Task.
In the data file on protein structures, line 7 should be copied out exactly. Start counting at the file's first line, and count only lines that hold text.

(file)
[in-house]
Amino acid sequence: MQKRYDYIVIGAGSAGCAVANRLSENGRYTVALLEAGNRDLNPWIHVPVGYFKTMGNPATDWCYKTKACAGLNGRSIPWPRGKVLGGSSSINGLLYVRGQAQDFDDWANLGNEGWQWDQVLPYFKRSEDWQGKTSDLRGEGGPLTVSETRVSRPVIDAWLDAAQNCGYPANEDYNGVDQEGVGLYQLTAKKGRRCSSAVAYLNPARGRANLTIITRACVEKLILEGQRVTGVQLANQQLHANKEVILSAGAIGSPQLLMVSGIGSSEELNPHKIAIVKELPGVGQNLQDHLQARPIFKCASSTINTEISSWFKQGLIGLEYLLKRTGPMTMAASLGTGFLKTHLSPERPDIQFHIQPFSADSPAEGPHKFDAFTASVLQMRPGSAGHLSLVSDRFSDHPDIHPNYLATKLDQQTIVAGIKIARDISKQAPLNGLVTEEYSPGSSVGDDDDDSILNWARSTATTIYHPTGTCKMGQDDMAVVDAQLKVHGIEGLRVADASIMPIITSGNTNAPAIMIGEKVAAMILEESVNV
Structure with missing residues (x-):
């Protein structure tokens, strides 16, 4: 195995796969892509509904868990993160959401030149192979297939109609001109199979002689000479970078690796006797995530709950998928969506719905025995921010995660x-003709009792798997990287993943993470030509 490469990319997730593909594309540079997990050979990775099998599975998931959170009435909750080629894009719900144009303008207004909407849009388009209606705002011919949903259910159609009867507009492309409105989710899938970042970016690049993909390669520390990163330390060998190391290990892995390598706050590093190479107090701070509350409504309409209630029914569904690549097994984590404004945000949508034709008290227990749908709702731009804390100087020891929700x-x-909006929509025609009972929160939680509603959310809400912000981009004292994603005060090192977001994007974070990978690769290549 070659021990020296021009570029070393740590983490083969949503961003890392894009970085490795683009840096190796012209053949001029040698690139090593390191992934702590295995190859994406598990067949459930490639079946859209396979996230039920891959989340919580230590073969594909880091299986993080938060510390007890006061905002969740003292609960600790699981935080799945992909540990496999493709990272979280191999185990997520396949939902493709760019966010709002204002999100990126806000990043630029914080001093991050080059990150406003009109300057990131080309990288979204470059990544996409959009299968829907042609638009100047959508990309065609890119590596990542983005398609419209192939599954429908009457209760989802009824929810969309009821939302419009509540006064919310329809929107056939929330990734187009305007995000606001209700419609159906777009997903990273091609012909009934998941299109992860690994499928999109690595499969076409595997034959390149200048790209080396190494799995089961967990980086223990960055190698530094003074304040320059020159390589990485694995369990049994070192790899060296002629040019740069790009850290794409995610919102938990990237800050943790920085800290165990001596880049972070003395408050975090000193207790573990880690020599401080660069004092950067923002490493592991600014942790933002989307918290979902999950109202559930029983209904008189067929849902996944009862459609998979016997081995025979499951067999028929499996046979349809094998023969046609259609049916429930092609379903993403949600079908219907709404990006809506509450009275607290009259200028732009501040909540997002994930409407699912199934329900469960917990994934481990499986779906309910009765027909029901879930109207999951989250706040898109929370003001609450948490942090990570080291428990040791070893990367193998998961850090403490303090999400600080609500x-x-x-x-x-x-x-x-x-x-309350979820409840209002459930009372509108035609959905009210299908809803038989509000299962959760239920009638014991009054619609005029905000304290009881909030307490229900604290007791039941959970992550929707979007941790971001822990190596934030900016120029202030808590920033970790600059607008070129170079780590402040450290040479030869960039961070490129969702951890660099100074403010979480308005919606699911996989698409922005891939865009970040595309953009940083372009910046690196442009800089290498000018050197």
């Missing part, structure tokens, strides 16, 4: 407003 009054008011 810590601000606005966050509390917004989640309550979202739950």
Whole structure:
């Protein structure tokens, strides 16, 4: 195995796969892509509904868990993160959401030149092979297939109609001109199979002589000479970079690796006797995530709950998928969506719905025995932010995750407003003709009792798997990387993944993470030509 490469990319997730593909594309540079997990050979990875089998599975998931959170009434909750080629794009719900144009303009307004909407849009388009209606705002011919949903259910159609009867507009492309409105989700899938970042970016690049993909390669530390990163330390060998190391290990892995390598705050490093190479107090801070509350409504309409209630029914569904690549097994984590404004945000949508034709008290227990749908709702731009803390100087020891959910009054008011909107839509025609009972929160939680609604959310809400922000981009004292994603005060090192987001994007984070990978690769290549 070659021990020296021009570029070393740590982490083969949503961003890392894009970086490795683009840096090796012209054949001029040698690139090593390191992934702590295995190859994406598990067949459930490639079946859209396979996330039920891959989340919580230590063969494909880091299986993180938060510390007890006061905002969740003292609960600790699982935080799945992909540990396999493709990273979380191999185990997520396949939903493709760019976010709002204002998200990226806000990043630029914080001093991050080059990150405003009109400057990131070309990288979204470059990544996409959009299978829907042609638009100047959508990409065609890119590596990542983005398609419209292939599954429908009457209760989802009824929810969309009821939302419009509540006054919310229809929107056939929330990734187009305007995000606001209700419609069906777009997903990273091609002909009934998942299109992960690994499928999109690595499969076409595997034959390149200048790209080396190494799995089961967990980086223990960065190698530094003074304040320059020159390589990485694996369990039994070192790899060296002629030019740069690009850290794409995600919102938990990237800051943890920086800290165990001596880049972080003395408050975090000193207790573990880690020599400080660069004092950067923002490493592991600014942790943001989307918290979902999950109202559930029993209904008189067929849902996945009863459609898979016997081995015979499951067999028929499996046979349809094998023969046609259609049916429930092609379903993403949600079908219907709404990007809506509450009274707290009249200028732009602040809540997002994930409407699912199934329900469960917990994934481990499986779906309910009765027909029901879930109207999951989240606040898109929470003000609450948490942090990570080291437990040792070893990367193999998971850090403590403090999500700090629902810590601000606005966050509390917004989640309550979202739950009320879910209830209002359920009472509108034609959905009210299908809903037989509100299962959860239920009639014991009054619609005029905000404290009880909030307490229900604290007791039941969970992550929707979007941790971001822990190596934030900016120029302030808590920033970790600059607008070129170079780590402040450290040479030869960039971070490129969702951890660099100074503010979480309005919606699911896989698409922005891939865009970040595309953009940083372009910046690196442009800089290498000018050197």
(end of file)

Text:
């Protein structure tokens, strides 16, 4: 195995796969892509509904868990993160959401030149092979297939109609001109199979002589000479970079690796006797995530709950998928969506719905025995932010995750407003003709009792798997990387993944993470030509 490469990319997730593909594309540079997990050979990875089998599975998931959170009434909750080629794009719900144009303009307004909407849009388009209606705002011919949903259910159609009867507009492309409105989700899938970042970016690049993909390669530390990163330390060998190391290990892995390598705050490093190479107090801070509350409504309409209630029914569904690549097994984590404004945000949508034709008290227990749908709702731009803390100087020891959910009054008011909107839509025609009972929160939680609604959310809400922000981009004292994603005060090192987001994007984070990978690769290549 070659021990020296021009570029070393740590982490083969949503961003890392894009970086490795683009840096090796012209054949001029040698690139090593390191992934702590295995190859994406598990067949459930490639079946859209396979996330039920891959989340919580230590063969494909880091299986993180938060510390007890006061905002969740003292609960600790699982935080799945992909540990396999493709990273979380191999185990997520396949939903493709760019976010709002204002998200990226806000990043630029914080001093991050080059990150405003009109400057990131070309990288979204470059990544996409959009299978829907042609638009100047959508990409065609890119590596990542983005398609419209292939599954429908009457209760989802009824929810969309009821939302419009509540006054919310229809929107056939929330990734187009305007995000606001209700419609069906777009997903990273091609002909009934998942299109992960690994499928999109690595499969076409595997034959390149200048790209080396190494799995089961967990980086223990960065190698530094003074304040320059020159390589990485694996369990039994070192790899060296002629030019740069690009850290794409995600919102938990990237800051943890920086800290165990001596880049972080003395408050975090000193207790573990880690020599400080660069004092950067923002490493592991600014942790943001989307918290979902999950109202559930029993209904008189067929849902996945009863459609898979016997081995015979499951067999028929499996046979349809094998023969046609259609049916429930092609379903993403949600079908219907709404990007809506509450009274707290009249200028732009602040809540997002994930409407699912199934329900469960917990994934481990499986779906309910009765027909029901879930109207999951989240606040898109929470003000609450948490942090990570080291437990040792070893990367193999998971850090403590403090999500700090629902810590601000606005966050509390917004989640309550979202739950009320879910209830209002359920009472509108034609959905009210299908809903037989509100299962959860239920009639014991009054619609005029905000404290009880909030307490229900604290007791039941969970992550929707979007941790971001822990190596934030900016120029302030808590920033970790600059607008070129170079780590402040450290040479030869960039971070490129969702951890660099100074503010979480309005919606699911896989698409922005891939865009970040595309953009940083372009910046690196442009800089290498000018050197």